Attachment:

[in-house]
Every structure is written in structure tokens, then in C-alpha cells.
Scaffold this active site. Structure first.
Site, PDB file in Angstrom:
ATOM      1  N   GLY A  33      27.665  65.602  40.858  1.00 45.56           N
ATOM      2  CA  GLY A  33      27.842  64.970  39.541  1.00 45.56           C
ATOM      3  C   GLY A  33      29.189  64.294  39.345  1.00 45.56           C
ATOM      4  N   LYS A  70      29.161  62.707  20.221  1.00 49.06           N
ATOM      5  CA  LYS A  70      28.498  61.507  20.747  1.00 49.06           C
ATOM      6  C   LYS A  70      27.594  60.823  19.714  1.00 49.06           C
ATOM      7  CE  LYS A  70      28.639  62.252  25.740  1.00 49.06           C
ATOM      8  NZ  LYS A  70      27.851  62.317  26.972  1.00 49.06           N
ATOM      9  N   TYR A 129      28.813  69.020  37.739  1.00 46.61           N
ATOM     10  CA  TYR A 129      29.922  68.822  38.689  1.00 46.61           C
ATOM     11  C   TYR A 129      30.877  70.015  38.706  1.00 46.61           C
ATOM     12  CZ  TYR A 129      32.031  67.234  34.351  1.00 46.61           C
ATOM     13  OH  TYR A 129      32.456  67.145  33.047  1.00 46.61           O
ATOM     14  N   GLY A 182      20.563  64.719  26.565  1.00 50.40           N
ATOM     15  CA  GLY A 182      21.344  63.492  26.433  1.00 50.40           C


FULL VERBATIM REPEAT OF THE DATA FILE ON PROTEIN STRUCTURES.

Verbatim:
[in-house]
Every structure is written in structure tokens, then in C-alpha cells.
Scaffold this active site. Structure first.
Site, PDB file in Angstrom:
ATOM      1  N   GLY A  33      27.665  65.602  40.858  1.00 45.56           N
ATOM      2  CA  GLY A  33      27.842  64.970  39.541  1.00 45.56           C
ATOM      3  C   GLY A  33      29.189  64.294  39.345  1.00 45.56           C
ATOM      4  N   LYS A  70      29.161  62.707  20.221  1.00 49.06           N
ATOM      5  CA  LYS A  70      28.498  61.507  20.747  1.00 49.06           C
ATOM      6  C   LYS A  70      27.594  60.823  19.714  1.00 49.06           C
ATOM      7  CE  LYS A  70      28.639  62.252  25.740  1.00 49.06           C
ATOM      8  NZ  LYS A  70      27.851  62.317  26.972  1.00 49.06           N
ATOM      9  N   TYR A 129      28.813  69.020  37.739  1.00 46.61           N
ATOM     10  CA  TYR A 129      29.922  68.822  38.689  1.00 46.61           C
ATOM     11  C   TYR A 129      30.877  70.015  38.706  1.00 46.61           C
ATOM     12  CZ  TYR A 129      32.031  67.234  34.351  1.00 46.61           C
ATOM     13  OH  TYR A 129      32.456  67.145  33.047  1.00 46.61           O
ATOM     14  N   GLY A 182      20.563  64.719  26.565  1.00 50.40           N
ATOM     15  CA  GLY A 182      21.344  63.492  26.433  1.00 50.40           C